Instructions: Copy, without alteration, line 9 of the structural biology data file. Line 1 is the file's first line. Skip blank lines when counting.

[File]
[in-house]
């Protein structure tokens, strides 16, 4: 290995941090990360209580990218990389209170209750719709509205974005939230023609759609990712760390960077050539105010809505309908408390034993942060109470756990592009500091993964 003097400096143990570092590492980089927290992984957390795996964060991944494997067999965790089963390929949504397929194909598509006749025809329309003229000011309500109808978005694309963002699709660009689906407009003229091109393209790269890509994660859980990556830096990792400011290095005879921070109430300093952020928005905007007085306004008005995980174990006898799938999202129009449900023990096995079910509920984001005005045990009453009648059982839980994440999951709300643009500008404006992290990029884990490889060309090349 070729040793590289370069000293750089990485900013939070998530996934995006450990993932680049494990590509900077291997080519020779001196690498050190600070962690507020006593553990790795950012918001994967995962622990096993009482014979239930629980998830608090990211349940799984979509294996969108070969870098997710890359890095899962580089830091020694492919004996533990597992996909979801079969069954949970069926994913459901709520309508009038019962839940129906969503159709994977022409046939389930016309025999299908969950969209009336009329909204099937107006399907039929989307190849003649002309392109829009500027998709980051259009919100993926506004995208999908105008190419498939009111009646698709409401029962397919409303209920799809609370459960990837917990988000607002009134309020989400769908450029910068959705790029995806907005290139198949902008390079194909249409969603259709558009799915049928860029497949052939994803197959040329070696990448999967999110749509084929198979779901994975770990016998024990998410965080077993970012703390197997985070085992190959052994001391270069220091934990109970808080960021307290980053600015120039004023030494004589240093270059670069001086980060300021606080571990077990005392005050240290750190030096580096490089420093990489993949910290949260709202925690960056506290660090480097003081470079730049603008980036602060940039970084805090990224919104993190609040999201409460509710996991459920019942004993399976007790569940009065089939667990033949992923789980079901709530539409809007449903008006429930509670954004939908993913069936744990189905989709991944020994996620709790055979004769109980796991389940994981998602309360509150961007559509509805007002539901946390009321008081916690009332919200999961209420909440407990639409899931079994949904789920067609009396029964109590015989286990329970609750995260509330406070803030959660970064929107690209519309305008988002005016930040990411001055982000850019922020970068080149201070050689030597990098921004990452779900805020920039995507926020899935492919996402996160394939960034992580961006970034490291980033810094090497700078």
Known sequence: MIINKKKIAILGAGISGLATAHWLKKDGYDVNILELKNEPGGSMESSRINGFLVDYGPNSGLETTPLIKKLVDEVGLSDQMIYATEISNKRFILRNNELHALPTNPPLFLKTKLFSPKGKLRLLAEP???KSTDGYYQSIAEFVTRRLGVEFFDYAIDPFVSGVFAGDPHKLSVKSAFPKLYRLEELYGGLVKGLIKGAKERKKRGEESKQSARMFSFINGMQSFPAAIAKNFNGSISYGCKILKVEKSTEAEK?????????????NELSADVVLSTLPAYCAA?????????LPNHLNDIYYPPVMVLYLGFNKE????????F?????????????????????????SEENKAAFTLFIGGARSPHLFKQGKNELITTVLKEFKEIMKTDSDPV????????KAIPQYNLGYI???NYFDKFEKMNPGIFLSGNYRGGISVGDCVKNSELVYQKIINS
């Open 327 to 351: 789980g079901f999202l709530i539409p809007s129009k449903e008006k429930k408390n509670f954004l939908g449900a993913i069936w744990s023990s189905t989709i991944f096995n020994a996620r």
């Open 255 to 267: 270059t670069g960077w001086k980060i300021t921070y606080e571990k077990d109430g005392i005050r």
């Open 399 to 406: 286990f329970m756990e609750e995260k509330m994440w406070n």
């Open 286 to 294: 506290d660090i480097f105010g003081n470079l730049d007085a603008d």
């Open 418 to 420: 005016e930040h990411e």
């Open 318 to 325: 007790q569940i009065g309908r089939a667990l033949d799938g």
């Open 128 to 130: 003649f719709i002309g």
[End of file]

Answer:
């Open 318 to 325: 007790q569940i009065g309908r089939a667990l033949d799938g």